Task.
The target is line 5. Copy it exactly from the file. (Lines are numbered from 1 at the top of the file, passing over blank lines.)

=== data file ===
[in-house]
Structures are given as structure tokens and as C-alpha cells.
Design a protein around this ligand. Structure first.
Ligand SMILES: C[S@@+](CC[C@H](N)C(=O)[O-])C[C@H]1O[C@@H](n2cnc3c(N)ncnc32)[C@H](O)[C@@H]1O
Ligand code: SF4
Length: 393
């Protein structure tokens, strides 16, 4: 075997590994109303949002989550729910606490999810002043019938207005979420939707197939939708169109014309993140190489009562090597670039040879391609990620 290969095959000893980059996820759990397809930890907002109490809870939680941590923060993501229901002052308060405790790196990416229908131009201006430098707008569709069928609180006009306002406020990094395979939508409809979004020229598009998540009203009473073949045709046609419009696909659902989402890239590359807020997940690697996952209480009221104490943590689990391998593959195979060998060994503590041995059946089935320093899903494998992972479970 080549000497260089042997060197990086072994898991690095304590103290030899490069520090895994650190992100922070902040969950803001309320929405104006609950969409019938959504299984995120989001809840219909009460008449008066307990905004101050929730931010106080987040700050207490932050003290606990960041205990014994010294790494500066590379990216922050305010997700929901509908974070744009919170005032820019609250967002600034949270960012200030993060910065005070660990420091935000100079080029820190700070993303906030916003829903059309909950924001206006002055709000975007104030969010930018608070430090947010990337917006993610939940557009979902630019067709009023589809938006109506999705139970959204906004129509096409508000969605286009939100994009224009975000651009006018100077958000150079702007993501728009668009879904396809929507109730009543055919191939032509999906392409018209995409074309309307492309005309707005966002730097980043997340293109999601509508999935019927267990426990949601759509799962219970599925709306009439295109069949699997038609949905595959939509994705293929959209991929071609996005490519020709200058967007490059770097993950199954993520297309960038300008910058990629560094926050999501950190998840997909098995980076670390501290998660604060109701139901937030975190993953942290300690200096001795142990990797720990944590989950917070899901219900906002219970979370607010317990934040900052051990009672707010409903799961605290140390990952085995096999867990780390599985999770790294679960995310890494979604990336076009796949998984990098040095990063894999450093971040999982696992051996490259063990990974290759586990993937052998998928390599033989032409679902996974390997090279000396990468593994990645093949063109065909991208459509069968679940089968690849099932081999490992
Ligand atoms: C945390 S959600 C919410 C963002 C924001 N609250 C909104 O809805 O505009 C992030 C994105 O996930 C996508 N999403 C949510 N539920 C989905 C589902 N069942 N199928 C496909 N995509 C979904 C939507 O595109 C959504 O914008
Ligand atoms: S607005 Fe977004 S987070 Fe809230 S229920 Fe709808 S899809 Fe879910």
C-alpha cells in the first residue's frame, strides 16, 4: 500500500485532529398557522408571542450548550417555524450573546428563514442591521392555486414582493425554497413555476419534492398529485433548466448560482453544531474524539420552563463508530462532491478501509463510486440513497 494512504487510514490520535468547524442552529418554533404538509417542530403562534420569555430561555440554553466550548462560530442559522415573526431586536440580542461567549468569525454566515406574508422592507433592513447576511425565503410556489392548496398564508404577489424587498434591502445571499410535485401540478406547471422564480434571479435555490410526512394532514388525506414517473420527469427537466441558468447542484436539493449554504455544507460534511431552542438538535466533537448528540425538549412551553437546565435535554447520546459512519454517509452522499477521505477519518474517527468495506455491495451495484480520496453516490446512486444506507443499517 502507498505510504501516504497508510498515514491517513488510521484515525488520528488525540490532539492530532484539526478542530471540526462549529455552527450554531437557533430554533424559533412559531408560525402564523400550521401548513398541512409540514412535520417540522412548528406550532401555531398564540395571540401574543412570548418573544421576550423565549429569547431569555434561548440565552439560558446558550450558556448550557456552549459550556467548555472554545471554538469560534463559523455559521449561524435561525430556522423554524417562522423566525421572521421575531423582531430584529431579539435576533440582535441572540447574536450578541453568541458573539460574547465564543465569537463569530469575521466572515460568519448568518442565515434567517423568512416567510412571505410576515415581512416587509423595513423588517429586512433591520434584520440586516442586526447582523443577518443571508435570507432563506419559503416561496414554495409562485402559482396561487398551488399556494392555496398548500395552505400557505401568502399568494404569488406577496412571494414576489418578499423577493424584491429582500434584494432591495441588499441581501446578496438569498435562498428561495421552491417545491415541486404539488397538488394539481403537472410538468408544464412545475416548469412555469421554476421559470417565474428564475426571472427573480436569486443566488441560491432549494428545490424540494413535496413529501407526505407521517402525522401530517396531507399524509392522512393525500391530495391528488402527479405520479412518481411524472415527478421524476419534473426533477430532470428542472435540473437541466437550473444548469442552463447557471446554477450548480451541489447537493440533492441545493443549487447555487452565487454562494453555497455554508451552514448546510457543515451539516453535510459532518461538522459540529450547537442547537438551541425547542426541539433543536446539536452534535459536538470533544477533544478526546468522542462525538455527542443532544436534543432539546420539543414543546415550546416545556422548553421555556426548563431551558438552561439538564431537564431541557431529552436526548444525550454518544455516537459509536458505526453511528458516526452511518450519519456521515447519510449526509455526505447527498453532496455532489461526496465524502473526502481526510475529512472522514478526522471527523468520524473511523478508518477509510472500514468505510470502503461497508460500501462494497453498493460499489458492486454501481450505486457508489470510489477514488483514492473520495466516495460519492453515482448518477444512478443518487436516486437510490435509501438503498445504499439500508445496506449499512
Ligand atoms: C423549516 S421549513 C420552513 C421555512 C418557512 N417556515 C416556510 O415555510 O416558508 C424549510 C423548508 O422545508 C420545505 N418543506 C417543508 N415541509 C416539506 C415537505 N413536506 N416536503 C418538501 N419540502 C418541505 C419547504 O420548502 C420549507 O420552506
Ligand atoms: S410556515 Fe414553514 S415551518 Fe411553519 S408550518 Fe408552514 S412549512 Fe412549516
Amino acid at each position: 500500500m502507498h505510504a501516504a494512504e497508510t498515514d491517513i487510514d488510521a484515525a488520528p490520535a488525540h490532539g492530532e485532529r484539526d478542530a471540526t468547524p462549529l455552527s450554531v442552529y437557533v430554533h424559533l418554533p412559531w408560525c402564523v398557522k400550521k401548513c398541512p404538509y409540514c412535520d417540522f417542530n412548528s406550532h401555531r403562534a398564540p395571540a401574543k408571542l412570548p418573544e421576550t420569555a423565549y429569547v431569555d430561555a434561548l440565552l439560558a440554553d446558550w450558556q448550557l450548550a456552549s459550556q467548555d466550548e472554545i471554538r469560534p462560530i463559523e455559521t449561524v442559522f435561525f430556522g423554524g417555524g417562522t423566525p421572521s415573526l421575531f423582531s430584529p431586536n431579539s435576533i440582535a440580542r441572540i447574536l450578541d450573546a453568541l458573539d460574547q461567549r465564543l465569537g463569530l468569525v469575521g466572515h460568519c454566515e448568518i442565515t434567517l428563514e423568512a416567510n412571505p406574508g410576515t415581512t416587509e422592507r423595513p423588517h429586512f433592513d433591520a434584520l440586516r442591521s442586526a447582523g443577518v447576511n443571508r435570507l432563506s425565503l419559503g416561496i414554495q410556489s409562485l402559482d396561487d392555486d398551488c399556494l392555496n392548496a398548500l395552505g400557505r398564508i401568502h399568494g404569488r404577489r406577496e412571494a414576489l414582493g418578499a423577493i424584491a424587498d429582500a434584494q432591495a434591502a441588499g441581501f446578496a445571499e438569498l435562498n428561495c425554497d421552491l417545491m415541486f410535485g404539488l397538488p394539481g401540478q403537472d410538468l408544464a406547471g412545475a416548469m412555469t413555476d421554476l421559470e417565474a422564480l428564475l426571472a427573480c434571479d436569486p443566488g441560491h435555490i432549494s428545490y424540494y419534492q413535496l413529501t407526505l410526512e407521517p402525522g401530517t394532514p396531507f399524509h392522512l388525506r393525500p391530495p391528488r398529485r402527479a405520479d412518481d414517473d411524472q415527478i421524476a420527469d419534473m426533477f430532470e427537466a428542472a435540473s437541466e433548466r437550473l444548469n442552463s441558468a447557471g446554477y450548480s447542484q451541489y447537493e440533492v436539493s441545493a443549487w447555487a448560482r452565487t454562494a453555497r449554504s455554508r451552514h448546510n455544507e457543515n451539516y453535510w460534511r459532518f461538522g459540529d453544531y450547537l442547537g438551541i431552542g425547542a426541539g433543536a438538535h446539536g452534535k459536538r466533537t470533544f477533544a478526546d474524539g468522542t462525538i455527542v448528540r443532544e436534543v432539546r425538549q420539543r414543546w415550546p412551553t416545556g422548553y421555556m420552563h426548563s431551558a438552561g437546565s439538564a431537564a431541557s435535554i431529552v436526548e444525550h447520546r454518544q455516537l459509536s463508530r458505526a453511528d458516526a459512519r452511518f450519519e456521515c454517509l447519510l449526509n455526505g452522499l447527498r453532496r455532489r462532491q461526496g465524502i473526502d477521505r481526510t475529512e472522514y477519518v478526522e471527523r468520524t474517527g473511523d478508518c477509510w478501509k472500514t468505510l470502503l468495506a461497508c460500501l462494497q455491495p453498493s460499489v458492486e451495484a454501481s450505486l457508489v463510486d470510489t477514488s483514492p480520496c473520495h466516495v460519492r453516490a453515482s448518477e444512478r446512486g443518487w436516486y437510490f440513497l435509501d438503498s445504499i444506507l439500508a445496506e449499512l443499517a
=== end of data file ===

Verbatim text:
Ligand code: SF4